Brandon Fellows Wants to Represent Himself in Jan. 6 Case
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Another Jan. 6 Defendant Wants to Represent Himself, Despite Acknowledging ‘Fool for a Client’ Adage

Brandon Fellows

A man who wore a fake orange beard to the U.S. Capitol and told a news outlet that he had “no regrets” told a federal judge on Tuesday that he wants to represent himself at a future trial over his participation in the Jan. 6 siege.

Brandon Fellows, who is charged in a five-count indictment, made the request during a planned 9-minute monologue where he inveighed against the “fake news” media and called himself a “maverick.”

“I first would like to apologize for my hair and appearance,” the Schenectady, N.Y. resident began his monologue by saying. “The jail does not allow us to get haircuts.”

At multiple times during his speech, Fellows acknowledged the popular adage: “A man who represents himself has a fool for a client.”

But Fellows, who claimed he wants to tell the “still-unspoken truth” of Jan. 6, pressed forward with his request.

“I am nowhere near as big as a fool as Joe Biden,” he told the judge.

A little less than a week after the siege, Fellows appeared defiant in an interview with Bloomberg titled “‘No Regrets’: A Capitol Rioter Tells His Story From Inside.”

“I have no regrets…I didn’t hurt anyone, I didn’t break anything,” he said in an article published Jan. 12. “I did trespass though, I guess.”

Prosecutors charged Fellows three days later, and an FBI agent extensively quoted from that interview in an affidavit supporting his criminal complaint, including a portion of the article recounting Fellows entering Sen. Jeffrey Merkley’s (D-Ore.) office.

“This one is going to get me incriminated,” Fellows said about footage of his feet on the senator’s table.

The article quoted Fellows stating that he “watched a fellow Trump supporter bashing in a door at the Capitol with a cane and eventually break through the door.”

“A crowd of rioters pushed through only to be pushed back outside by police officers,” Bloomberg reported. “Once the building was overrun, he said he initially hesitated before going in but did so after hearing that people inside weren’t being arrested. He got in through a broken window.”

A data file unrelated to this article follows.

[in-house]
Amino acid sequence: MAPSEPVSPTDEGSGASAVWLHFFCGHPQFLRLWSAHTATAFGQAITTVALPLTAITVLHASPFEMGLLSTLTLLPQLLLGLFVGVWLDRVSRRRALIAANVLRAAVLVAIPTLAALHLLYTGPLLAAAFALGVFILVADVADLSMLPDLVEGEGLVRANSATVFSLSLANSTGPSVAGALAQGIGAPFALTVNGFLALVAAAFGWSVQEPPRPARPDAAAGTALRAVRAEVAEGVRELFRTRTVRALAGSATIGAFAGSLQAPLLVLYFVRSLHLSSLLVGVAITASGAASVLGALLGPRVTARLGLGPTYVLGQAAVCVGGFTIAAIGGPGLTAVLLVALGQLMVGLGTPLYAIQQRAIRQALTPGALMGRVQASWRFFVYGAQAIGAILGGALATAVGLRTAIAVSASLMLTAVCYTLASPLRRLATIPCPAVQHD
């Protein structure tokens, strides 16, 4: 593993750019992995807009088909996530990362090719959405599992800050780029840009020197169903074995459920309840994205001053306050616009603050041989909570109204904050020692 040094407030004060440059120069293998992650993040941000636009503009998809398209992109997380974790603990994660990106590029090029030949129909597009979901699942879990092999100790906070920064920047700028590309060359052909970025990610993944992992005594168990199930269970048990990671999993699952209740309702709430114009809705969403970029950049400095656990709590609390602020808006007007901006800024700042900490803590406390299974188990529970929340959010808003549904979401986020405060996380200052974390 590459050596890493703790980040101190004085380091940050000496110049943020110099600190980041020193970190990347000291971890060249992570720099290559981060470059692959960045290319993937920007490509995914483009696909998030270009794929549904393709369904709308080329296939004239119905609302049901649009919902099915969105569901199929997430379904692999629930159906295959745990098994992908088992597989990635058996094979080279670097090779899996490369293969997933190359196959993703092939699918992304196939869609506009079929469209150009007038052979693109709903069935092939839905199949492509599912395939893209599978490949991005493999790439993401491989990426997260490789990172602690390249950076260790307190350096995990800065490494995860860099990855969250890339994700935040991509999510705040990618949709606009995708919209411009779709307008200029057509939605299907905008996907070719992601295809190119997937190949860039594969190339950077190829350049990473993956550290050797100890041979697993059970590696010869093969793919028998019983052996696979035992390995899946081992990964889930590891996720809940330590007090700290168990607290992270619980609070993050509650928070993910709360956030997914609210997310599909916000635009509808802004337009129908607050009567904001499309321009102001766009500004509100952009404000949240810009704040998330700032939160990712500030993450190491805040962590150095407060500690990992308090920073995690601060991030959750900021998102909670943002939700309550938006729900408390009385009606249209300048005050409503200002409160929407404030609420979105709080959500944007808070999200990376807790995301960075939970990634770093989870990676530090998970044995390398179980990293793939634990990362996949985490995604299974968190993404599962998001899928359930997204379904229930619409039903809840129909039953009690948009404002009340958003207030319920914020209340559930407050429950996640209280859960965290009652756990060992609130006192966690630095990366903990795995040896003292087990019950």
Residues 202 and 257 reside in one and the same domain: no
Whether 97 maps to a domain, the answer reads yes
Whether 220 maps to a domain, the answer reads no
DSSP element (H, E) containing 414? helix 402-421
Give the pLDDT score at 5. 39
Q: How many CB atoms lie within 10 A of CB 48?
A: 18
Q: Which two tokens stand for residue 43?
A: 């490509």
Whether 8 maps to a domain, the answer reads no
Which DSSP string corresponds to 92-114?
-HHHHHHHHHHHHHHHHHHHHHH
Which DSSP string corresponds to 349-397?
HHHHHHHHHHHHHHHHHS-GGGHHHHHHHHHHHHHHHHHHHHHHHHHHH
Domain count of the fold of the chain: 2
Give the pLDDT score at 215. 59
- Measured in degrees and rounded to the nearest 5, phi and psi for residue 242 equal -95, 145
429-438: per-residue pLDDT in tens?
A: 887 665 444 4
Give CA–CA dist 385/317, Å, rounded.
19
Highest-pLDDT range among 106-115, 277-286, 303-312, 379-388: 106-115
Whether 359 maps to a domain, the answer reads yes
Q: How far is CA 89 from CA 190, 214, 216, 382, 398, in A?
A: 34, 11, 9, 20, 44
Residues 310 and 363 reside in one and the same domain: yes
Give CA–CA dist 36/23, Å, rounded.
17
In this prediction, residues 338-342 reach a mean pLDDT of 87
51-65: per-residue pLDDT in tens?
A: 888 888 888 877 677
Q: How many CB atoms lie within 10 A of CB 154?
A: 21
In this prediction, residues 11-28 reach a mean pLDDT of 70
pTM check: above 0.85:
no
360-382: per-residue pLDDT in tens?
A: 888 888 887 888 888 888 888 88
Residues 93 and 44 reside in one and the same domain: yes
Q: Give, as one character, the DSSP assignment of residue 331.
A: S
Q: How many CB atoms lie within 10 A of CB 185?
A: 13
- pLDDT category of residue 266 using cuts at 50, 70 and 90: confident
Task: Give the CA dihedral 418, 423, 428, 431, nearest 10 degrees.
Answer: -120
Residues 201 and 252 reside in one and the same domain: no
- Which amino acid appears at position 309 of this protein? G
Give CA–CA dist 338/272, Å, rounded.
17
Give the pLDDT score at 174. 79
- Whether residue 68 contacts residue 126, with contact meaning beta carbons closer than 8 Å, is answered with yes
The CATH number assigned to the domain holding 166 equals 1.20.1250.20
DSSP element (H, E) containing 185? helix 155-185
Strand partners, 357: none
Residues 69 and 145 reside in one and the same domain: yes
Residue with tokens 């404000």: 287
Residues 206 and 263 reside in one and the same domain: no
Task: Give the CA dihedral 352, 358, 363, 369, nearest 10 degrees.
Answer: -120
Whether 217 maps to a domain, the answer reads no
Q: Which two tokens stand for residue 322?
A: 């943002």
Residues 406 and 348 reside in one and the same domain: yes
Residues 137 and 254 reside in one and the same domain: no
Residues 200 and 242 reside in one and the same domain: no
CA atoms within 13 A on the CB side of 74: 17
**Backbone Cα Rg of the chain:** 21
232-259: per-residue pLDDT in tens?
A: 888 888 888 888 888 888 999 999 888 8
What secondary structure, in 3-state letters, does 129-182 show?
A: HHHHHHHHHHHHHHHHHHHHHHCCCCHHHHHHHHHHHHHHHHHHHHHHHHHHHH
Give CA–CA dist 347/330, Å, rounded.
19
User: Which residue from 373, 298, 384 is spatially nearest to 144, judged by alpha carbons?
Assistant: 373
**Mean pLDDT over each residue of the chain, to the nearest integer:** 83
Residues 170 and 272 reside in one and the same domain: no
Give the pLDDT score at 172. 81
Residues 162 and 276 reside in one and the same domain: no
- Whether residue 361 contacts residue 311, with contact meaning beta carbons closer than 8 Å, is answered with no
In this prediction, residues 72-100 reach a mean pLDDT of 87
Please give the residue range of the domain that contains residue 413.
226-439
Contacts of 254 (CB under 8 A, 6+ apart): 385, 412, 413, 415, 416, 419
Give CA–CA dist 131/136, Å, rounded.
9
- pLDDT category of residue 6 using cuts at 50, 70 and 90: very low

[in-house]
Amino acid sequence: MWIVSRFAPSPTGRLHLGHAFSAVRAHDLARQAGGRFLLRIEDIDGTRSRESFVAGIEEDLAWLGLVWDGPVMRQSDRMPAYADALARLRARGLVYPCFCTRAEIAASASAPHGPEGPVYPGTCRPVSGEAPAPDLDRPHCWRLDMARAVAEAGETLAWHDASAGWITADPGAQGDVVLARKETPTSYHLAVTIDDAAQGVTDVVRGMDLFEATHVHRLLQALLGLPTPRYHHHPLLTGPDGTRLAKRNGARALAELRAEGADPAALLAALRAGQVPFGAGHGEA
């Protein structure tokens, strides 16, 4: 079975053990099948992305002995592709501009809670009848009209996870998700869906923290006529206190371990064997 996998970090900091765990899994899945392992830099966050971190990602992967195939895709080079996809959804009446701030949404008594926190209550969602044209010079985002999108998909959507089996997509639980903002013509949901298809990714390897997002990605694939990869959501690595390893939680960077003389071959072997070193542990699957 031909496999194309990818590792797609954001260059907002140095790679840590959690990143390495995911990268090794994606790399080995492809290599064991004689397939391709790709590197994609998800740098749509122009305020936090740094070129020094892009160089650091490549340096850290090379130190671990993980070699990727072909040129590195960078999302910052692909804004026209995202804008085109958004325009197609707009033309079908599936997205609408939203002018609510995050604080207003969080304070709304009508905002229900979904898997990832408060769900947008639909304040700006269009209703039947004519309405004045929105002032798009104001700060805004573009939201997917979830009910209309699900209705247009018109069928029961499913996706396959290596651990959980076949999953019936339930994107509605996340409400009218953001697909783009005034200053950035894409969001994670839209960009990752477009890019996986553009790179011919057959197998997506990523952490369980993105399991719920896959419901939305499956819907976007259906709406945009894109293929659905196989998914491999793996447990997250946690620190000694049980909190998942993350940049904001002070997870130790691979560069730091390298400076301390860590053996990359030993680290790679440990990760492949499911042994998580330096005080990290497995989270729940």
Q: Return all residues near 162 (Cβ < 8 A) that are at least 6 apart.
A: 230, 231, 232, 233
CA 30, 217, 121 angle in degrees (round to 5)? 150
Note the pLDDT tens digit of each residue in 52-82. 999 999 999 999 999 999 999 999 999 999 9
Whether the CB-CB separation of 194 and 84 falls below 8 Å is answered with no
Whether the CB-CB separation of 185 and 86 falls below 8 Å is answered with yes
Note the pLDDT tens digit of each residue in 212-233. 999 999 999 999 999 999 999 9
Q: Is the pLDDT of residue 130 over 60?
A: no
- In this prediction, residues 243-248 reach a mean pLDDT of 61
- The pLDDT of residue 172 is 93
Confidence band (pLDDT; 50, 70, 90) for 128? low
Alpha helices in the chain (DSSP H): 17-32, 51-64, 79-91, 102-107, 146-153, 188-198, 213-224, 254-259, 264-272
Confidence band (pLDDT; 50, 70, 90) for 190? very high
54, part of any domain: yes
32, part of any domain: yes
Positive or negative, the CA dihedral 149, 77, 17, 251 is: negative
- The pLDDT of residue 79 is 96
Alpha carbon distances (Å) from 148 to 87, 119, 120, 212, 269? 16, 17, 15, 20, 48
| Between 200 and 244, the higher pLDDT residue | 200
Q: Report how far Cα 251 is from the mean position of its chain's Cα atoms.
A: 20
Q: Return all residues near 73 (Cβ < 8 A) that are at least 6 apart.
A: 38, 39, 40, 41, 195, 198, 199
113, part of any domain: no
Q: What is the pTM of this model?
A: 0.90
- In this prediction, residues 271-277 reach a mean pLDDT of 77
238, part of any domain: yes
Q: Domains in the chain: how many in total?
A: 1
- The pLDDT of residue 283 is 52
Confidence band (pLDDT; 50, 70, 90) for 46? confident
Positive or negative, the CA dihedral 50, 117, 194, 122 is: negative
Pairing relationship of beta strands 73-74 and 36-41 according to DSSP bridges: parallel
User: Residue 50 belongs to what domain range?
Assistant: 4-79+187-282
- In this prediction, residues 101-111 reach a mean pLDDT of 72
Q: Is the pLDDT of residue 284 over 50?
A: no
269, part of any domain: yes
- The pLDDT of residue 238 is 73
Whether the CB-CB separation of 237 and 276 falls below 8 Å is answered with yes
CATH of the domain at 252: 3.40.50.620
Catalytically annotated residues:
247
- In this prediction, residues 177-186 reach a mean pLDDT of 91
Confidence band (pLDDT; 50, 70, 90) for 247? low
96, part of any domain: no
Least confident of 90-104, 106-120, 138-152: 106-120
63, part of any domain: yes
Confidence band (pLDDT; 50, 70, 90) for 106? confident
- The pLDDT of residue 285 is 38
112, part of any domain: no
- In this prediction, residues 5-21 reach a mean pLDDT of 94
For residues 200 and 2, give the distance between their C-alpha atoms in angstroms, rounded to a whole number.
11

Fellows was initially granted home detention, and one recent condition of his release was a mental health evaluation.

On June 14, Assistant U.S. Attorney Mona Lee M. Furst told the court that Fellows violated his conditions.

“More importantly he spent the time to locate his USPO’s mother’s telephone in order to intimidate the US Probation Officer, and to harass the Officer’s mother,” Furst wrote in a motion to revoke his bail. “The allegations in the Petition show a pattern of intimidation and harassment by this defendant. As such, he is a ‘danger to the safety of any other person or the community.'”

Fellows also violated the court’s order to get a mental health evaluation, the prosecutor said.

“The defendant had ample opportunities to respect the government and Court’s trust in his release pending trial, but has none gone past ignoring the court and into the dangerous areas of intimidation and harassment,” she wrote in her memo.

On July 14, U.S. District Judge Trevor McFadden granted the government’s motion, in an order that sent Fellows back to jail.

Fellows said the judge was “spot-on” in calling him impulsive during that hearing, and he suggested that incarceration came with an upside.

“I was given [access to] a legal law library,” he said.

Now using that law library, Fellows said, he wants to renew his motion for pre-trial release and request self-representation with a lawyer on standby.

“My past is riddled with maverick-like decisions,” he said, touting what he described as his accomplishments in the corporate world.

Cara Kurtz Halverson, a public defender for Fellows, said that her client spoke to the court against her advice.

Judge McFadden said he would likely grant Fellows’s request to represent himself, but he postponed ruling on it until all parties can be heard.

Fellows is not the only defendant charged in connection with the Jan. 6 siege of the Capitol seeking self-representation.

Pauline Bauer, who was quoted saying she wanted to “hang” House Speaker Nancy Pelosi (D-Calif.), declared herself a sovereign citizen during a June hearing where she told a federal judge: “I am here by special divine appearance, a living soul.”

“I do not stand under the law,” Bauer said months ago. “Under Genesis 1, God gave man dominion over the law.”

(Images via FBI affidavit)

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Law&Crime's managing editor Adam Klasfeld has spent more than a decade on the legal beat. Previously a reporter for Courthouse News, he has appeared as a guest on MSNBC, BBC, NPR, PBS, Sky News, and other networks.